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Kessinger Publishing, 2004 - Fiction - 640 pages
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He has no right to speak, and certainly no inclination to think hardly of Miss Hauton, replied Godfrey gravely, but with an emotion, which he in vain endeavored to suppress. To change the conversation, he asked her opinion about a figure in the print. She took out her glass, and stooped to look quite closely at it.----"Before you utterly condemn me," continued she, speaking in a low voice, ----"consider how fashion silences one's better taste and feelings, and how difficult it is when all around one ...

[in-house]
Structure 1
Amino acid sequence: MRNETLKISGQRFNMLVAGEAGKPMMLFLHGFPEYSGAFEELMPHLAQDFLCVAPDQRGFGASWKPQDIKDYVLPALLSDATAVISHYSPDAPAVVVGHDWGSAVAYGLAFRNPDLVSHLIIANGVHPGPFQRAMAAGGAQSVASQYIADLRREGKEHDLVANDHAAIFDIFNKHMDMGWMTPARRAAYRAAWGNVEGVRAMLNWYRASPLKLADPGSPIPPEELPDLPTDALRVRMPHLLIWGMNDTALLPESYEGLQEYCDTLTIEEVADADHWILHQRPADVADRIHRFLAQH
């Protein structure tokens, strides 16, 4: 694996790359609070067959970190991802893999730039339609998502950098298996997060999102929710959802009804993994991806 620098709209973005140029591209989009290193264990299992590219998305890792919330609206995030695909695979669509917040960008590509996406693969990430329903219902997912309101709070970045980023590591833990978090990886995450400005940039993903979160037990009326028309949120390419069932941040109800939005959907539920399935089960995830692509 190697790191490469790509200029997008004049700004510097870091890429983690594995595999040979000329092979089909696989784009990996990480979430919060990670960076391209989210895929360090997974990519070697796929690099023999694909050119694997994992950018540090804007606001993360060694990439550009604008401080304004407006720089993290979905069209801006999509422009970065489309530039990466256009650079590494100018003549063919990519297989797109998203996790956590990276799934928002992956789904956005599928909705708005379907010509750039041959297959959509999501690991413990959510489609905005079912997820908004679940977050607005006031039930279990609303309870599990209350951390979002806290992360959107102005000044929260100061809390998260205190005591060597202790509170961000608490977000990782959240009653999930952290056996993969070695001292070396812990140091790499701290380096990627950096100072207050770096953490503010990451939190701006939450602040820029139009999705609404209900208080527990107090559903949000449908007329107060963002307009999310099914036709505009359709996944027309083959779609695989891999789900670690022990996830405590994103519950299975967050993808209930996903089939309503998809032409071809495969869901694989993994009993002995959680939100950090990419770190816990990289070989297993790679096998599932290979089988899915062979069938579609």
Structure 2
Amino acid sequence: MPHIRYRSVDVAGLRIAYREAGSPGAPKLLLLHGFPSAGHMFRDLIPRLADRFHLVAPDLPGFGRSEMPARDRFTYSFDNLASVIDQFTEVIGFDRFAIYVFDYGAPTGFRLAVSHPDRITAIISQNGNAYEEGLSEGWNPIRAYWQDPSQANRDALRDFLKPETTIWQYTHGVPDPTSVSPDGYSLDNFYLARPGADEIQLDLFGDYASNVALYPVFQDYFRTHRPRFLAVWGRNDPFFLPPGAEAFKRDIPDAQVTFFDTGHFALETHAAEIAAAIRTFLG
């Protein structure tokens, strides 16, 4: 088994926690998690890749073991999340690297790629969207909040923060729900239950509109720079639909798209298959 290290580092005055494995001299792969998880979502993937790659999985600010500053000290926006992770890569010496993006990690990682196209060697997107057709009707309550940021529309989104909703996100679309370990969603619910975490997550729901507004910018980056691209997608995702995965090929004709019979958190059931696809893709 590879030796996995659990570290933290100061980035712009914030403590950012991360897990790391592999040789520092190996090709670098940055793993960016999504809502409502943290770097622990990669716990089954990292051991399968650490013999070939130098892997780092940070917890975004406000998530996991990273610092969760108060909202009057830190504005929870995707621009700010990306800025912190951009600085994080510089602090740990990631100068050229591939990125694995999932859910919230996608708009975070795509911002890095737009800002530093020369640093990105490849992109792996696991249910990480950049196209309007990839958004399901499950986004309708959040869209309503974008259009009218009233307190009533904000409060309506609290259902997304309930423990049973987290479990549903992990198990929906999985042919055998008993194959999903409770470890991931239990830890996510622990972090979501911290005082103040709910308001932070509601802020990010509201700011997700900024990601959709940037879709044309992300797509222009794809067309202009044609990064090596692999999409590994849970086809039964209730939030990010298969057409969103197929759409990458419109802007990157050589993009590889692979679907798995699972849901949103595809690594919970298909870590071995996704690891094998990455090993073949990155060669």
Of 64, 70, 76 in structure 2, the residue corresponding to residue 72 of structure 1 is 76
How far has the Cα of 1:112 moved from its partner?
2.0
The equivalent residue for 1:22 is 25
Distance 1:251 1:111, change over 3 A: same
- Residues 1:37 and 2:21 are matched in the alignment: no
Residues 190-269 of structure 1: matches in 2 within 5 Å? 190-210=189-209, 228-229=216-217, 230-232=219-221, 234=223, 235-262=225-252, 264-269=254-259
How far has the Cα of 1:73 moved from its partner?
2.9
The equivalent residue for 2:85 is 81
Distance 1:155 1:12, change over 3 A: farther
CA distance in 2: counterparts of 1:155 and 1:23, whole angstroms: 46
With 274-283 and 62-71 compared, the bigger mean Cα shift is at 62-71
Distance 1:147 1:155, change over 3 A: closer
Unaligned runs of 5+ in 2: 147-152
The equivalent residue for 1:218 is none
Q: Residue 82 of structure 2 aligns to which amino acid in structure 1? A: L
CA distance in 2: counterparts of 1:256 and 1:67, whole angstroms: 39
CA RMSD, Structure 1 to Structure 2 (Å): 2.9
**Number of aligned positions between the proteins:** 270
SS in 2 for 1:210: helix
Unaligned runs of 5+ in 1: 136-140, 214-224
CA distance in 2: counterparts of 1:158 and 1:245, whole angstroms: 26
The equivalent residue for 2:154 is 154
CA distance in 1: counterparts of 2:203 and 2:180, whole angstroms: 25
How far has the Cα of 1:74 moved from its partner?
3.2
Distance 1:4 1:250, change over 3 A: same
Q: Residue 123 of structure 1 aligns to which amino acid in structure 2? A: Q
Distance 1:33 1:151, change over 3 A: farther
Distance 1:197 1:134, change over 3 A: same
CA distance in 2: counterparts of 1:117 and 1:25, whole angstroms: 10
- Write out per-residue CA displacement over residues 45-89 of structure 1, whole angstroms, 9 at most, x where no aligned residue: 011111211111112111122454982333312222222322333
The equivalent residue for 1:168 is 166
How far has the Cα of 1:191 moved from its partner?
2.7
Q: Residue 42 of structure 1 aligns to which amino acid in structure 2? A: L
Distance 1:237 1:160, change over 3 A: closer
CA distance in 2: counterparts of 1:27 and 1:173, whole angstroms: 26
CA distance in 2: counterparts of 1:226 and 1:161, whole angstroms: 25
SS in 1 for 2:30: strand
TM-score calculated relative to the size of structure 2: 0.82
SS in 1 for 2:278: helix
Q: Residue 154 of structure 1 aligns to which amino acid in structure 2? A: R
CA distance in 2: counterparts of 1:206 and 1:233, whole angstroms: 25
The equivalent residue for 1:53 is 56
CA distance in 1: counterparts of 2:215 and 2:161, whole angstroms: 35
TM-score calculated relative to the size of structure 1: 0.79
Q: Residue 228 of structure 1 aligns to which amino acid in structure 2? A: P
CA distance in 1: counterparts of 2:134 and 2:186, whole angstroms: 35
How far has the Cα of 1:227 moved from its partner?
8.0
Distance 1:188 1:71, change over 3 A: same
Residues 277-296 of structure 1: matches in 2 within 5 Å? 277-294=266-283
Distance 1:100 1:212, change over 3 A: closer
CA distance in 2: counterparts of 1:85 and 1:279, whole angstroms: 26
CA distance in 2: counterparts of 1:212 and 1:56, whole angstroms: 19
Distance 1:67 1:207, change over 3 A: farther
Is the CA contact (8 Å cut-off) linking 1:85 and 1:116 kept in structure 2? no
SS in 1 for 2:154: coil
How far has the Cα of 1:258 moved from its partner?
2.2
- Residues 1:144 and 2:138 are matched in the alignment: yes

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About the author (2004)

Maria Edgeworth was born in 1767. Her father, Richard Lovell Edgeworth was very important to her as she lived on his estate for most of her life. An Irish novelist, her work included novels about Irish life. Her works are remembered for covering several areas, such as women's education and stories for children and are noted to contain realism and humor. Some of her works include Letters for Literary Ladies (1795), Castle Rackrent (1800), Belinda, (1801), The Absentee (1812) and Moral Tales (1801).

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